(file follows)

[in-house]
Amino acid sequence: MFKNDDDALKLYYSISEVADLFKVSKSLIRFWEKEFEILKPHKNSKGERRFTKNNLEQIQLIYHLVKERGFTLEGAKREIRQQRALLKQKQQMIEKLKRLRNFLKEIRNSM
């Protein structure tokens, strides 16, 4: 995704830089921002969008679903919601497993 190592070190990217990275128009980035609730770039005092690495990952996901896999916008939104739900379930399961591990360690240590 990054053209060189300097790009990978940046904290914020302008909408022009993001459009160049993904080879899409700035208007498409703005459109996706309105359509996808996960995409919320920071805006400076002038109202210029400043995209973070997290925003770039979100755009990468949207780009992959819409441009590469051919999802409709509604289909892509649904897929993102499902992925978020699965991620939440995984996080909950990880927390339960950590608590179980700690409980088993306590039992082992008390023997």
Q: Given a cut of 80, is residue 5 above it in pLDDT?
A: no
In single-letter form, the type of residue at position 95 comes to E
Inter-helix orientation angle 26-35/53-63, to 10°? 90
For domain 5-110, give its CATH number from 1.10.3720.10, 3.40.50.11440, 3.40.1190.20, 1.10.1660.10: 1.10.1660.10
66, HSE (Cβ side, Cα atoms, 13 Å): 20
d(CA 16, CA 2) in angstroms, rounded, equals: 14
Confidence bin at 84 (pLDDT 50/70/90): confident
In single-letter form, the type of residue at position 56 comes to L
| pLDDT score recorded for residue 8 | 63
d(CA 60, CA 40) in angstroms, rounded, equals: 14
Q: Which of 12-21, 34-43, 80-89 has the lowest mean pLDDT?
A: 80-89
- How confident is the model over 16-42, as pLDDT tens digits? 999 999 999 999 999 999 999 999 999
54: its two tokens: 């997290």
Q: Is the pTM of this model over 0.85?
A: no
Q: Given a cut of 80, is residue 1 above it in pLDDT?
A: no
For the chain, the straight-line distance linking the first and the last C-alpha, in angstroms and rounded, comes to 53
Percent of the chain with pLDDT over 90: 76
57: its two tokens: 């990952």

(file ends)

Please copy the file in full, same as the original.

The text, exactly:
[in-house]
Amino acid sequence: MFKNDDDALKLYYSISEVADLFKVSKSLIRFWEKEFEILKPHKNSKGERRFTKNNLEQIQLIYHLVKERGFTLEGAKREIRQQRALLKQKQQMIEKLKRLRNFLKEIRNSM
């Protein structure tokens, strides 16, 4: 995704830089921002969008679903919601497993 190592070190990217990275128009980035609730770039005092690495990952996901896999916008939104739900379930399961591990360690240590 990054053209060189300097790009990978940046904290914020302008909408022009993001459009160049993904080879899409700035208007498409703005459109996706309105359509996808996960995409919320920071805006400076002038109202210029400043995209973070997290925003770039979100755009990468949207780009992959819409441009590469051919999802409709509604289909892509649904897929993102499902992925978020699965991620939440995984996080909950990880927390339960950590608590179980700690409980088993306590039992082992008390023997």
Q: Given a cut of 80, is residue 5 above it in pLDDT?
A: no
In single-letter form, the type of residue at position 95 comes to E
Inter-helix orientation angle 26-35/53-63, to 10°? 90
For domain 5-110, give its CATH number from 1.10.3720.10, 3.40.50.11440, 3.40.1190.20, 1.10.1660.10: 1.10.1660.10
66, HSE (Cβ side, Cα atoms, 13 Å): 20
d(CA 16, CA 2) in angstroms, rounded, equals: 14
Confidence bin at 84 (pLDDT 50/70/90): confident
In single-letter form, the type of residue at position 56 comes to L
| pLDDT score recorded for residue 8 | 63
d(CA 60, CA 40) in angstroms, rounded, equals: 14
Q: Which of 12-21, 34-43, 80-89 has the lowest mean pLDDT?
A: 80-89
- How confident is the model over 16-42, as pLDDT tens digits? 999 999 999 999 999 999 999 999 999
54: its two tokens: 């997290």
Q: Is the pTM of this model over 0.85?
A: no
Q: Given a cut of 80, is residue 1 above it in pLDDT?
A: no
For the chain, the straight-line distance linking the first and the last C-alpha, in angstroms and rounded, comes to 53
Percent of the chain with pLDDT over 90: 76
57: its two tokens: 């990952």